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Phenotype--genotype--correlation in ovarian neoplasia

Phenotype--genotype--correlation in ovarian neoplasia

Verhandlungen der Deutschen Gesellschaft für Pathologie 85: 153-160

Ovarian neoplasms display a wide range of phenotypic differentiation patterns. In the recent past, molecular genetic aberrations have been increasingly identified in various types of ovarian tumors. Granulosa cell tumors most often contain numeric chromosomal aberrations (monosomy 22, trisomy 12 and 14). Numeric changes can also be found in benign and borderline epithelial neoplasms, however without demonstrating specific patterns. K-ras mutations are characteristic for mucinous ovarian tumors and for serous borderline (LMP) tumors. In serous LMP tumors they are associated with low level microsatellite instability. Complex chromosomal aberrations are not detected in benign and borderline tumors. Invasive ovarian carcinomas show complex genetic changes. Chromosomal gains at 3q26, 8q24 and 20q13 apparently represent early lesions, whereas loss of material of chromosomes 4, 13, 16, 18 and X is associated with tumor progression and poor prognosis. The main targets of chromosomal changes are regulatory genes of cell proliferation and apoptosis (e.g. p16, cyclin D1, Rb, p53, myc, bcl-2) and members of the signaling cascade of tyrosine kinase receptors (e.g. Her-2/neu, dab-2, K-ras, PI3-K, PTEN). The genetic alterations of ovarian neoplasms described so far apparently correlate with the different level of aggressiveness. However, they do not fully explain the spectrum of phenotypic variability of these tumors.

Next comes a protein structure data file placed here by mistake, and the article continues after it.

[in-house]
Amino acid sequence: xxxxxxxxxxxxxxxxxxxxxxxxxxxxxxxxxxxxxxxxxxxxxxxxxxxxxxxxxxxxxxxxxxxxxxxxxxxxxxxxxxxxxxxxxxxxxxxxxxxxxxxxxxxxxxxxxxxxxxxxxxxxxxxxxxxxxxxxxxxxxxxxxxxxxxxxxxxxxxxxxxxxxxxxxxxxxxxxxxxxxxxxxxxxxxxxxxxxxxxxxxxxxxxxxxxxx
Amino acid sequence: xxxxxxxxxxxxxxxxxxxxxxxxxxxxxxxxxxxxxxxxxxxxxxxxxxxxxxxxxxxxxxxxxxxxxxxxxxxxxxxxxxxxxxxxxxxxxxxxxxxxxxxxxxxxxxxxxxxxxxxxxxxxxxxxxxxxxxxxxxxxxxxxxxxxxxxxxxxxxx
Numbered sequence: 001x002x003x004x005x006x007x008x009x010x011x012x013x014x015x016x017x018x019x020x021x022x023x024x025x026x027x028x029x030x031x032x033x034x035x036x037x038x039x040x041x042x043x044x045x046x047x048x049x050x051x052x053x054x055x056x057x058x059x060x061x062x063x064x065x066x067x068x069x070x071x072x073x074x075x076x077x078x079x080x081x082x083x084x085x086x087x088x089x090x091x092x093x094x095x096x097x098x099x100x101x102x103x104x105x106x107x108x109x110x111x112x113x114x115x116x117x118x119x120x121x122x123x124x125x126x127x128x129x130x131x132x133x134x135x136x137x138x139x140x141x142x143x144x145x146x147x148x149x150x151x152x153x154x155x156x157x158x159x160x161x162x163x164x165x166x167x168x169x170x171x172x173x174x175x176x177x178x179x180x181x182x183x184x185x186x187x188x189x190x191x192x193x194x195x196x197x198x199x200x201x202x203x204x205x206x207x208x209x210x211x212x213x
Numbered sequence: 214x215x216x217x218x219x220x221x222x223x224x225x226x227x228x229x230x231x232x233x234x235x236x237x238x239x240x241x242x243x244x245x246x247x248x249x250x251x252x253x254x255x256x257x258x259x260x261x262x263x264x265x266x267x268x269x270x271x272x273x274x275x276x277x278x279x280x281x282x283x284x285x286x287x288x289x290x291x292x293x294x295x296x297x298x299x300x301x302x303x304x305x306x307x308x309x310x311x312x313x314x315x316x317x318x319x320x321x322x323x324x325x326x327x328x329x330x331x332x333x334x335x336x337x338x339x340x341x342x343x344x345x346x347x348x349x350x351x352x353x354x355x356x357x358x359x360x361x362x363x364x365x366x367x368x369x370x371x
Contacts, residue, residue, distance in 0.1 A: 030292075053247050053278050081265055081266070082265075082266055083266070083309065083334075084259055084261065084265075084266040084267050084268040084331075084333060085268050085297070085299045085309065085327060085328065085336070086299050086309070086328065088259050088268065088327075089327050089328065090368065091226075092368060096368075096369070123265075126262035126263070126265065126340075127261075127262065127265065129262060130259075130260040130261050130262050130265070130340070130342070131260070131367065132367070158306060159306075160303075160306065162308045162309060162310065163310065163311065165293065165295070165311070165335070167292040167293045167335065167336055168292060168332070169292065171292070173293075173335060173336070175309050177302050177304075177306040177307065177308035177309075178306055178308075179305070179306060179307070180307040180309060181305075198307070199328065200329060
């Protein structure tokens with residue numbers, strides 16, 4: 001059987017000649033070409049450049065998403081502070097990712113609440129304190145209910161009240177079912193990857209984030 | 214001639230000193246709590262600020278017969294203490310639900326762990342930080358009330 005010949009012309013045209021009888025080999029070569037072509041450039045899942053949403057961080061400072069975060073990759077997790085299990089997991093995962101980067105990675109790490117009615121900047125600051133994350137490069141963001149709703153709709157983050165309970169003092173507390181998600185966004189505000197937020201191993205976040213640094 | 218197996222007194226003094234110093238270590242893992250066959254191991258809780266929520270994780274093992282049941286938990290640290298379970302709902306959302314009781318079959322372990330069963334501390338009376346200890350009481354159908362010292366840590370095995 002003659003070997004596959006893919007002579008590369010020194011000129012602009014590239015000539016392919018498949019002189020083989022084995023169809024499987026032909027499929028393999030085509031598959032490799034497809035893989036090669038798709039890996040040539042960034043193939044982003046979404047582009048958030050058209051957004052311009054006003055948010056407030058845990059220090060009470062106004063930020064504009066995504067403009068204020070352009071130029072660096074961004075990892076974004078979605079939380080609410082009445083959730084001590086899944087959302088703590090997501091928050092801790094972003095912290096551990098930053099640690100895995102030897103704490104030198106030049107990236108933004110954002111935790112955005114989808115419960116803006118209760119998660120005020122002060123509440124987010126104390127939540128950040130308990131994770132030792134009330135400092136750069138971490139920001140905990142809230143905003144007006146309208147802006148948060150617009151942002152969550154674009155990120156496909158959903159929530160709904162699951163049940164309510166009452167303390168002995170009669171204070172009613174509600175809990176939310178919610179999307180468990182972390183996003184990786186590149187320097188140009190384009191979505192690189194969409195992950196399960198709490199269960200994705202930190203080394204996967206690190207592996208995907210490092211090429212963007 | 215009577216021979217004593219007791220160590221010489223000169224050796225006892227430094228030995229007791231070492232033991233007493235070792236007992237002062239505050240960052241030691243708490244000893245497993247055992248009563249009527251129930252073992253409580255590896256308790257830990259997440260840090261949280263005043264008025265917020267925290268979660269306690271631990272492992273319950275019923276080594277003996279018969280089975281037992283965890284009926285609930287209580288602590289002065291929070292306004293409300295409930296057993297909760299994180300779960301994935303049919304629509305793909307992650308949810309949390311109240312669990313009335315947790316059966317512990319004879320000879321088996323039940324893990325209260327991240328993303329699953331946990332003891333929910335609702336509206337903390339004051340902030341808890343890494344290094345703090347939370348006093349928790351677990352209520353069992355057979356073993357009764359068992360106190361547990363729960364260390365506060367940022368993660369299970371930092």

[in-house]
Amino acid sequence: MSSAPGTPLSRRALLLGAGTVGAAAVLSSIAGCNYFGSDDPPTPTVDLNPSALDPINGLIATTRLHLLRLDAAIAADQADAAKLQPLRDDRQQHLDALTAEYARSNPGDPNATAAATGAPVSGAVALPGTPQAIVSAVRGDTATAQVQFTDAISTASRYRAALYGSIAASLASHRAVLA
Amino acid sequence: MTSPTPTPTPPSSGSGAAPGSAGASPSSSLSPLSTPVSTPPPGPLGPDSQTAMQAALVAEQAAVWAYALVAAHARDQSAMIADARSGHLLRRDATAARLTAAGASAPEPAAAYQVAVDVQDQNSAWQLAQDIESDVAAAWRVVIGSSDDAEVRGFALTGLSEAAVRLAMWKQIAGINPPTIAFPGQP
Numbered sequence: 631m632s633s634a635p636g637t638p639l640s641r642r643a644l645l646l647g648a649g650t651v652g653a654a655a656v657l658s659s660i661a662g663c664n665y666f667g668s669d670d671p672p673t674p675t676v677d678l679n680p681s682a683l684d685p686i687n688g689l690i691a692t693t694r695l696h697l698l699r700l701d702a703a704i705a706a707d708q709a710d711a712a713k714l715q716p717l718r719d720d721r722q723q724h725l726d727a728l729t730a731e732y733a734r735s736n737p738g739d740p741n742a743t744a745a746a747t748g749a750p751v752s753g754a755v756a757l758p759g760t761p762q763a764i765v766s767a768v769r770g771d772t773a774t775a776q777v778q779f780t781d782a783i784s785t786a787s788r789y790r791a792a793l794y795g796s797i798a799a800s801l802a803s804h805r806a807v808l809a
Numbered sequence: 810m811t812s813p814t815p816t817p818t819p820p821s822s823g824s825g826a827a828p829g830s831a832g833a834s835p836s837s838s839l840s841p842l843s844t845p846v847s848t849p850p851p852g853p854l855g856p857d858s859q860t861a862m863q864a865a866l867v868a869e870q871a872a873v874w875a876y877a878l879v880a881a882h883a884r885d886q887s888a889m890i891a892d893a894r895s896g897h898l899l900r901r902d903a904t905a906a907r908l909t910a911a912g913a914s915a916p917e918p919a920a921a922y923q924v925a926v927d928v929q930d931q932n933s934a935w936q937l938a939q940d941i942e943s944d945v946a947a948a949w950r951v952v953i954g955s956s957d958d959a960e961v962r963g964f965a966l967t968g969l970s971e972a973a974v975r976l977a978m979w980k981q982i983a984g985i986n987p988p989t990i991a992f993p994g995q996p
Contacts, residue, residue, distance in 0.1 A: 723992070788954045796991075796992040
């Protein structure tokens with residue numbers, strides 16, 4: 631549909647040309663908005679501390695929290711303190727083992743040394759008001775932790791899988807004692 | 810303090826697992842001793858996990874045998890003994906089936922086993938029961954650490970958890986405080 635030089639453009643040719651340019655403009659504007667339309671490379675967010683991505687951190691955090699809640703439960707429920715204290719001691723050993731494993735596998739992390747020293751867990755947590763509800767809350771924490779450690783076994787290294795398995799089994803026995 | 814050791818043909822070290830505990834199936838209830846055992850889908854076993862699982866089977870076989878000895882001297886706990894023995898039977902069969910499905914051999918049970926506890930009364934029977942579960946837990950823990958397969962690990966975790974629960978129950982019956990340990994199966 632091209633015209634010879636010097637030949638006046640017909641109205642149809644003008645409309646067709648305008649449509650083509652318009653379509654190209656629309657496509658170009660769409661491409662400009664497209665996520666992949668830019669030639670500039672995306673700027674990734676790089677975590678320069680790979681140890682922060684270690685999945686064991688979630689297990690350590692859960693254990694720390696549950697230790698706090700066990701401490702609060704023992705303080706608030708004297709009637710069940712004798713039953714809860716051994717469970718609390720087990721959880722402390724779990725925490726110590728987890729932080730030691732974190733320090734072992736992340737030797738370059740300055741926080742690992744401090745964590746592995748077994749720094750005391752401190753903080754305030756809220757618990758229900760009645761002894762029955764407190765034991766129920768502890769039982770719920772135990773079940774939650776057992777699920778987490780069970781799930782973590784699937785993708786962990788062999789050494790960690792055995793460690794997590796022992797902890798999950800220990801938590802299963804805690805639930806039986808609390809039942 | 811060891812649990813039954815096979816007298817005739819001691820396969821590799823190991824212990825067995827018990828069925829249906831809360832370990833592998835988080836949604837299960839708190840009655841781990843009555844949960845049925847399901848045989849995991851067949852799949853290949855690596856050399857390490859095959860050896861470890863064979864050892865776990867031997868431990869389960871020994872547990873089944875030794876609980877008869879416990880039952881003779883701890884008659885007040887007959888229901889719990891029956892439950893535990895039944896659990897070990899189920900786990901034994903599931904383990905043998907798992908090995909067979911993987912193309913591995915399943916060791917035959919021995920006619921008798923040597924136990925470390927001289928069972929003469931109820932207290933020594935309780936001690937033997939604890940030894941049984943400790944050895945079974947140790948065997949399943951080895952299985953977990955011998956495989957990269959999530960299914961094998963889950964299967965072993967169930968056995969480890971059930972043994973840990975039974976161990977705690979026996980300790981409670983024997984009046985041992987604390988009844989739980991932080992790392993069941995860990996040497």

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Accession: 046973726

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PMID: 11894392

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